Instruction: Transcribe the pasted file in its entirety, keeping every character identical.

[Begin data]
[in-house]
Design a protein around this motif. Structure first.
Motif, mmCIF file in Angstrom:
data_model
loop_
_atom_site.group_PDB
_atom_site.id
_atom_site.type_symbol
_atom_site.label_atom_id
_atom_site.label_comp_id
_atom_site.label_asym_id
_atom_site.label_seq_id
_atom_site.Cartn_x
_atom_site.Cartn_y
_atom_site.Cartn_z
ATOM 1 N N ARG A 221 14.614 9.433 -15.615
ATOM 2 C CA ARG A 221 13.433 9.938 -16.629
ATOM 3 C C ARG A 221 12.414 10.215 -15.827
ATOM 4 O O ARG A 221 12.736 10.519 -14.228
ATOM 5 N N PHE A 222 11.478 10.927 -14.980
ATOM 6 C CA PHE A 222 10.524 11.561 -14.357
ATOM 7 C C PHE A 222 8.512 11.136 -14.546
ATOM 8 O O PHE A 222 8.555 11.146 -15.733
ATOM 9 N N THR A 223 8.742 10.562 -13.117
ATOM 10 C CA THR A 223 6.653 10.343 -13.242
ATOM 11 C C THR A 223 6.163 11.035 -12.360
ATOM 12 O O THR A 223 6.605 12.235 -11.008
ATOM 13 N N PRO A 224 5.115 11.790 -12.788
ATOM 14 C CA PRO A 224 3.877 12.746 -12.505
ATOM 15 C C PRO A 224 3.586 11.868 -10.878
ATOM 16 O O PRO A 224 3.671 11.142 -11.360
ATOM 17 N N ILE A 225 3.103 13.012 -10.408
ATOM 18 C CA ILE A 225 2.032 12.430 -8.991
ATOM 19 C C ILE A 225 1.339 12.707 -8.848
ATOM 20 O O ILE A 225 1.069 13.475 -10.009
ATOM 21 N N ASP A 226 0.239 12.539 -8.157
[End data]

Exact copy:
[in-house]
Design a protein around this motif. Structure first.
Motif, mmCIF file in Angstrom:
data_model
loop_
_atom_site.group_PDB
_atom_site.id
_atom_site.type_symbol
_atom_site.label_atom_id
_atom_site.label_comp_id
_atom_site.label_asym_id
_atom_site.label_seq_id
_atom_site.Cartn_x
_atom_site.Cartn_y
_atom_site.Cartn_z
ATOM 1 N N ARG A 221 14.614 9.433 -15.615
ATOM 2 C CA ARG A 221 13.433 9.938 -16.629
ATOM 3 C C ARG A 221 12.414 10.215 -15.827
ATOM 4 O O ARG A 221 12.736 10.519 -14.228
ATOM 5 N N PHE A 222 11.478 10.927 -14.980
ATOM 6 C CA PHE A 222 10.524 11.561 -14.357
ATOM 7 C C PHE A 222 8.512 11.136 -14.546
ATOM 8 O O PHE A 222 8.555 11.146 -15.733
ATOM 9 N N THR A 223 8.742 10.562 -13.117
ATOM 10 C CA THR A 223 6.653 10.343 -13.242
ATOM 11 C C THR A 223 6.163 11.035 -12.360
ATOM 12 O O THR A 223 6.605 12.235 -11.008
ATOM 13 N N PRO A 224 5.115 11.790 -12.788
ATOM 14 C CA PRO A 224 3.877 12.746 -12.505
ATOM 15 C C PRO A 224 3.586 11.868 -10.878
ATOM 16 O O PRO A 224 3.671 11.142 -11.360
ATOM 17 N N ILE A 225 3.103 13.012 -10.408
ATOM 18 C CA ILE A 225 2.032 12.430 -8.991
ATOM 19 C C ILE A 225 1.339 12.707 -8.848
ATOM 20 O O ILE A 225 1.069 13.475 -10.009
ATOM 21 N N ASP A 226 0.239 12.539 -8.157